I attempted to read the SYM-FoR months ago, before it has been made a compulsory read in the Salesian Youth Ministry course I enrolled this semester. The brand of English language used is rather strange for an Asian. And reading it gives me the feel that I am being drowned in the ocean of text.

My response here is unfinished since I still have to plunge into the act of reading.

2. What do I feel about it?

One classmate from another congregation saw the book from another Salesian classmate who brought the book in a subject before the SYM class. It must have piqued his interest since he started to ask questions about the book. In between, he could not hide his admiration for the congregation for coming up with such a book on youth ministry.

I was not part of their conversation, a mere eavesdropper in their exchange. But it dawned on me that the congregation has reached this mile in coming up with such a book (updating its previous editions, to be exact) which leads me to realize that youth ministry in the congregation must have been very important to merit such attention.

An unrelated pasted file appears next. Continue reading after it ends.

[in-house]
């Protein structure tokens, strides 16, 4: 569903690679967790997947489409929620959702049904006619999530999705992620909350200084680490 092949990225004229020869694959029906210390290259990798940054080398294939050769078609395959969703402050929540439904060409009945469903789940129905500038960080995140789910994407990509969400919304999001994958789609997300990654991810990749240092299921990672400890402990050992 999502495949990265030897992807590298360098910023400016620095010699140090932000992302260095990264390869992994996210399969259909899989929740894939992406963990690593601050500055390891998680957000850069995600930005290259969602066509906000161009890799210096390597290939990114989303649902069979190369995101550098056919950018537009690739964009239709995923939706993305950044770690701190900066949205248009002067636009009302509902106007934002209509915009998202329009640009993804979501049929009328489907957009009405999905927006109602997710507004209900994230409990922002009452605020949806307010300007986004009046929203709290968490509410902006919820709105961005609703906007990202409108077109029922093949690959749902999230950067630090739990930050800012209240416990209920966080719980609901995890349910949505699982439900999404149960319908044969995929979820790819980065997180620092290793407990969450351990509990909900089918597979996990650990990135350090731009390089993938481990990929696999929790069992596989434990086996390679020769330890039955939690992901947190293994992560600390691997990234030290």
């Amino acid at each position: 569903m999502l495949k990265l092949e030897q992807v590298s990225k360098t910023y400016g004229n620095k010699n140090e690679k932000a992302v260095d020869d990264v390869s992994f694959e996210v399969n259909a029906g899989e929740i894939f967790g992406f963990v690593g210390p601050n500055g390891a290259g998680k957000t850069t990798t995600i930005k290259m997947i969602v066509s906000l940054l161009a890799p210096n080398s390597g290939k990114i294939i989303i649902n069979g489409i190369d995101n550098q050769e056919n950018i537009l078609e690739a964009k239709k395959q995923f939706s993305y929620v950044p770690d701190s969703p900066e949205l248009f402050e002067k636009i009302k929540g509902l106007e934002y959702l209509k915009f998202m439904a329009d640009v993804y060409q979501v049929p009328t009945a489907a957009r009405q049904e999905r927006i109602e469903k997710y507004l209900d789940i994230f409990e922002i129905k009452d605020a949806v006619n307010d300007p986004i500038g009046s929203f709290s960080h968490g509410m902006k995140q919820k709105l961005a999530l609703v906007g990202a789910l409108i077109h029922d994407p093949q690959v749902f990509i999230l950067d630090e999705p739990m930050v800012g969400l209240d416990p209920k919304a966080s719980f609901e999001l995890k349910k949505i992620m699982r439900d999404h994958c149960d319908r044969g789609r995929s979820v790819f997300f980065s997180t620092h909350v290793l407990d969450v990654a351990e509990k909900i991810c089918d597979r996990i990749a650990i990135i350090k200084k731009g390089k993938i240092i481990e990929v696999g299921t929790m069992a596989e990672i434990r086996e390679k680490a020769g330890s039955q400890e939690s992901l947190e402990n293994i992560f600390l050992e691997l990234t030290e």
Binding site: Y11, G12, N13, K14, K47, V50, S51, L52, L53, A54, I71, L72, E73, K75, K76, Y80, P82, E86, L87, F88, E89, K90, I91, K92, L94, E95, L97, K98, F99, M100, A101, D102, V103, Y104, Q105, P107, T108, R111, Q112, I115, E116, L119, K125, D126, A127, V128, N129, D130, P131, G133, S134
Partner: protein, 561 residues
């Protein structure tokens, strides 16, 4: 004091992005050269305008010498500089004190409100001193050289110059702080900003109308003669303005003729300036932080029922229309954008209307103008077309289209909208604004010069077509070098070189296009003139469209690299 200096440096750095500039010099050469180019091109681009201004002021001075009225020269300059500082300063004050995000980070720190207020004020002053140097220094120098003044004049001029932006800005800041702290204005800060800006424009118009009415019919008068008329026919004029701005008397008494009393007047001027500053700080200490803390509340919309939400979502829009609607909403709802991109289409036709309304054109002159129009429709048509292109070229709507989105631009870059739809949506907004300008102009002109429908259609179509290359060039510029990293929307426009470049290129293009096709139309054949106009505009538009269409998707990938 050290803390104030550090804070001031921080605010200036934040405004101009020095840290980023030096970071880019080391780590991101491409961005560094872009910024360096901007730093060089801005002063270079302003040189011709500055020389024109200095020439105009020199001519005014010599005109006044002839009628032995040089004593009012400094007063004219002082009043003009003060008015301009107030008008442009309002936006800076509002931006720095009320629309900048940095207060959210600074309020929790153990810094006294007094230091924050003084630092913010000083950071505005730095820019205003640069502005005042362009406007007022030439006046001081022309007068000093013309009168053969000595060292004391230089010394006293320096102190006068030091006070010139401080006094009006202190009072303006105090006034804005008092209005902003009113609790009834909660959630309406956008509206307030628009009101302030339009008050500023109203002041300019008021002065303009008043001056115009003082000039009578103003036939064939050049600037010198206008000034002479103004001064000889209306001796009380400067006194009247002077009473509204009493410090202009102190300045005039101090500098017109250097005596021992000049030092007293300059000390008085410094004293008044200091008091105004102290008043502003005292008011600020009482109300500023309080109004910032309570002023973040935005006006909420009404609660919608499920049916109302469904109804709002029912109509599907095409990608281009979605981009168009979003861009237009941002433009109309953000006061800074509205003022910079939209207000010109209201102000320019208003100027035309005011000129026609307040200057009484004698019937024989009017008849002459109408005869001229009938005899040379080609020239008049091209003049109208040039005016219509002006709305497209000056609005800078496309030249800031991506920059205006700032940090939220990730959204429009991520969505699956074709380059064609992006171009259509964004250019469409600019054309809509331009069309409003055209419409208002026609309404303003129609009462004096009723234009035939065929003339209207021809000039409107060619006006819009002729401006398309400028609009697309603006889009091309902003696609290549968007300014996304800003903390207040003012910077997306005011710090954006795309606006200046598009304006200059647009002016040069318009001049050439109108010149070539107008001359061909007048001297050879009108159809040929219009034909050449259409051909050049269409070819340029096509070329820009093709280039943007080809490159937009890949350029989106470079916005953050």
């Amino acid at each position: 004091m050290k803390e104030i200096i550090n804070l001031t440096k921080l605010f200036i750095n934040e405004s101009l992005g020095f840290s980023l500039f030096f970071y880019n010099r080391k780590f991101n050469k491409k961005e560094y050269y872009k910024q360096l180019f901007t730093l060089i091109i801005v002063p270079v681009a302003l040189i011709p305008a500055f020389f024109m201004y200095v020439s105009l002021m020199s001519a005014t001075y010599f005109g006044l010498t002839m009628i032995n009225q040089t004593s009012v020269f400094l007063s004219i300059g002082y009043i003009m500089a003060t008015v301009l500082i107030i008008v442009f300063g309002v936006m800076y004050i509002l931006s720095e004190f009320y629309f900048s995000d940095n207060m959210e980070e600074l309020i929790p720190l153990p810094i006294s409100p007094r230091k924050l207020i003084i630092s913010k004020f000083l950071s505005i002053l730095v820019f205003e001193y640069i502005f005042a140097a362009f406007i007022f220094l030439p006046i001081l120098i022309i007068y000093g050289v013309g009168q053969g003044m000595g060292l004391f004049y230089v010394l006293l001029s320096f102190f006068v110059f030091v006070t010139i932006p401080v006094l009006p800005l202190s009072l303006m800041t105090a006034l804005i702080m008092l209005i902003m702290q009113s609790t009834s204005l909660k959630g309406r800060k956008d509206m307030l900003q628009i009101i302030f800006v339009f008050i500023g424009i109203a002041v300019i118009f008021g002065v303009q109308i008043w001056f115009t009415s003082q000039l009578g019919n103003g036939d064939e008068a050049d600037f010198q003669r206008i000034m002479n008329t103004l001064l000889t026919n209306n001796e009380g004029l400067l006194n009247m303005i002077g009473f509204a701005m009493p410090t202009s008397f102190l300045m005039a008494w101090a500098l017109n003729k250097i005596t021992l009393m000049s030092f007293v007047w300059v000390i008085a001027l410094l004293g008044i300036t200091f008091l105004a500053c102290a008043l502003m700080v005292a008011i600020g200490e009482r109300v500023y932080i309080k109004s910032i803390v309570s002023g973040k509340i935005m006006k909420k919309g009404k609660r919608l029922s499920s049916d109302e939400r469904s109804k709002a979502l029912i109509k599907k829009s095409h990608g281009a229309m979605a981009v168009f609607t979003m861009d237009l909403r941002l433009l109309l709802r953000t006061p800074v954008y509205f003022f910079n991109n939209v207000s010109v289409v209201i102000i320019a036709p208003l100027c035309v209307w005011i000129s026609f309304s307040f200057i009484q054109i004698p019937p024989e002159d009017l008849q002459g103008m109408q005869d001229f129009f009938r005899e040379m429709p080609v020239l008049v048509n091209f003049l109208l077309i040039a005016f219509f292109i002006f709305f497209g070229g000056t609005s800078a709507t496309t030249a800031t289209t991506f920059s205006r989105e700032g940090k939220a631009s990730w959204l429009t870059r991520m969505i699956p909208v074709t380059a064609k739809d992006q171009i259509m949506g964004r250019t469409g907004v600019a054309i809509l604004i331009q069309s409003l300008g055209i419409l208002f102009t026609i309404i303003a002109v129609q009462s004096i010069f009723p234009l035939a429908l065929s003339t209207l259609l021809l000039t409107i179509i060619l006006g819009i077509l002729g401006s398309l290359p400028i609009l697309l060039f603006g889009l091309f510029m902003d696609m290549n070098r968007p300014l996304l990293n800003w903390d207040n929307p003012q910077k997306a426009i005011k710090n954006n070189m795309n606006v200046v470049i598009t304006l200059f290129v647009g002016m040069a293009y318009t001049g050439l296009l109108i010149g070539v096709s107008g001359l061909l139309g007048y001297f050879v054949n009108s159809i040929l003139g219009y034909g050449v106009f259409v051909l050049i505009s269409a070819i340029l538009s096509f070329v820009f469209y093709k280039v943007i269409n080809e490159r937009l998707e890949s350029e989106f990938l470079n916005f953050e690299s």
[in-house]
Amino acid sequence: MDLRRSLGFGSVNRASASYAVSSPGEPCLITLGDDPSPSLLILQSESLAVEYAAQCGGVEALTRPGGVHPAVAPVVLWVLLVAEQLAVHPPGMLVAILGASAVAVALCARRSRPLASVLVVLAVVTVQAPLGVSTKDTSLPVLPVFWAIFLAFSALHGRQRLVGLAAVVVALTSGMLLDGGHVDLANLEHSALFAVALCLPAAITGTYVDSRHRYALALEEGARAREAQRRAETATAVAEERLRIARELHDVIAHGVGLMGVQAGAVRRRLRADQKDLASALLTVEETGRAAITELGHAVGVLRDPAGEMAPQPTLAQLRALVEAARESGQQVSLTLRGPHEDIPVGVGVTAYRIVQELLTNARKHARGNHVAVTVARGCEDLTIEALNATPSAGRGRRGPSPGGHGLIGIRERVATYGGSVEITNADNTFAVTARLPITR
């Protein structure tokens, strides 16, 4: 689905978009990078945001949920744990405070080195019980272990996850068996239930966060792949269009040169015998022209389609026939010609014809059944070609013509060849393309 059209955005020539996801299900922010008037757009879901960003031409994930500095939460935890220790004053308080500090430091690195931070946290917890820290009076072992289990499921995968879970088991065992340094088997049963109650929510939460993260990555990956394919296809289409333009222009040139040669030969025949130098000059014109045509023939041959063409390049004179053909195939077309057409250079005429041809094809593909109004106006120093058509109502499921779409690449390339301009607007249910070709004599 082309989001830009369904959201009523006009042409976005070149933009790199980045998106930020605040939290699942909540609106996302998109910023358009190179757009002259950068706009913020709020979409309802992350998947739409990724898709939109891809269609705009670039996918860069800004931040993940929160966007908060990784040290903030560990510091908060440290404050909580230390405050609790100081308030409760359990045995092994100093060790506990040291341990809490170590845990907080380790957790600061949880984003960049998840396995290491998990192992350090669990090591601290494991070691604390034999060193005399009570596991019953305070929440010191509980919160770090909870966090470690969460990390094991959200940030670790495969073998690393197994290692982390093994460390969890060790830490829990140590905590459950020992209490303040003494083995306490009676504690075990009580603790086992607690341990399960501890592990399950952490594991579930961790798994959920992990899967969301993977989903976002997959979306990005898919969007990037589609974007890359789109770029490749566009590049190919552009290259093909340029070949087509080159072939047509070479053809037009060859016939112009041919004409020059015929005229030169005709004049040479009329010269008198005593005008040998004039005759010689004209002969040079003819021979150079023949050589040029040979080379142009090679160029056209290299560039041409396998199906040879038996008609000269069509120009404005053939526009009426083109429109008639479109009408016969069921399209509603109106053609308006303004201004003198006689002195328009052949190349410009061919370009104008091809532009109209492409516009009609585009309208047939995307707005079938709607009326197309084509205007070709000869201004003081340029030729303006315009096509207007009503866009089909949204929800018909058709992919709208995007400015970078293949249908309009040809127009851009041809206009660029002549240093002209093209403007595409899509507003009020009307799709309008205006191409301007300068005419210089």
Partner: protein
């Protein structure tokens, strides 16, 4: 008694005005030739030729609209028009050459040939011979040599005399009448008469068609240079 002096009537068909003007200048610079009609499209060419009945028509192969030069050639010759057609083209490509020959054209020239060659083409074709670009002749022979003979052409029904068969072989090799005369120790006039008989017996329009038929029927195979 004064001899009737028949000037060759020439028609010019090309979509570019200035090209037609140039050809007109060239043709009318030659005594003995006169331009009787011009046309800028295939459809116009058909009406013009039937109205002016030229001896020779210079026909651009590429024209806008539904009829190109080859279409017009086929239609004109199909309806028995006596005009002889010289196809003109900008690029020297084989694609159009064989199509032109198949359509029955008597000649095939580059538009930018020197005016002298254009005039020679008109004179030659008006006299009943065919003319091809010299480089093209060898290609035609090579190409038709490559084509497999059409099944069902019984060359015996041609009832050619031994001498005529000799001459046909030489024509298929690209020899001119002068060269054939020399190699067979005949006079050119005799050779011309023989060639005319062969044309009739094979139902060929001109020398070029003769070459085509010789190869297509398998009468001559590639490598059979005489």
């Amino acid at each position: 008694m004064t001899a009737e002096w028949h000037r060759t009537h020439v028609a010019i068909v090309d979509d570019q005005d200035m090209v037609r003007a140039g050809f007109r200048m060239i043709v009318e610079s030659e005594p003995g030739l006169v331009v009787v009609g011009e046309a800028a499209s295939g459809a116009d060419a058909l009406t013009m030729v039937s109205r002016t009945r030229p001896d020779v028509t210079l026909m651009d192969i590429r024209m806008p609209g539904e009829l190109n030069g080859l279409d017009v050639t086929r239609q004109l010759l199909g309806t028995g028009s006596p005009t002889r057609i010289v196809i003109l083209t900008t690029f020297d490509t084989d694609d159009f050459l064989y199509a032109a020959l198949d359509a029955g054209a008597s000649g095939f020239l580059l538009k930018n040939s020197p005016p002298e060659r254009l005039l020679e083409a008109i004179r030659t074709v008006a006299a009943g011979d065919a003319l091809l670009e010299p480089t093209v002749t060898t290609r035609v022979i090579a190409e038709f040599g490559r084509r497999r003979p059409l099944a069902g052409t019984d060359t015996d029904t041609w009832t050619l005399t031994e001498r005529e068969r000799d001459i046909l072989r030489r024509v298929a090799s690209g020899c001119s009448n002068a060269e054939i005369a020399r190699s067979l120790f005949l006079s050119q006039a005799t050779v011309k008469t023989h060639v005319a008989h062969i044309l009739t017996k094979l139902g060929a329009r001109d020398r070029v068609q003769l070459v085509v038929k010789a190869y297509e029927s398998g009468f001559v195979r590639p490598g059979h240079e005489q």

It is in this regard that with such a book, I feel the admiration to those who have endeavored on this project and a sense of pride for the Congregation for such a feat.

3. How can I somehow acknowledge the great effort behind the SYM-FoR?

At the very least, what I can do is to read the book. After all, the manuscript was produced precisely for this purpose. Another way of acknowledging the great effort of those who are behind it is to offer what I think about it in order to improve the output.

“Hungry For Glory”


Checkmate? NOT. This King lives forever! Graphics by Br Paul Dungca, SDB

 Ito ang pamagat ng laban ni Pacquiao at ni Alghieri na magaganap ngayong araw ng Linggo, Dakilang Kapistahan ni Kristo, Hari ng Sanlibutan.

Katulad ng dalawang boksingerong m agpapaligsahan, ang ating Panginoong Hesung kinikilalang Hari ng Sanlibutan ay hindi pa rin natatapos sa pakikipaglaban.

Ngunit kumpara sa dalawang boksingerong nabanggit, ang kanyang pakikidigma ay nangyayari sa ‘ring’ ng bawat puso at isip natin.
Ang Kapistahang ito ni Kristong Hari ay itinakda ng Simbahan nito lamang nagdaang siglo upang bigyang diin ang kaluwalhatian ni Kristo laban sa labis na pagpapapahalaga sa mga makamundong-bagay. Sa pamamagitan ng kapistahang ito, binibigyang-diin ng Simbahan na ang ating Panginoon ay hindi lamang Hari ng simbahan. Bagkus, ang kanyang paghahari ay sumasaklaw din sa ating lipunan, pamahalaan, pamilya, ekonomiya, at sa iba’t-ibang aspeto ng ating pamumuhay.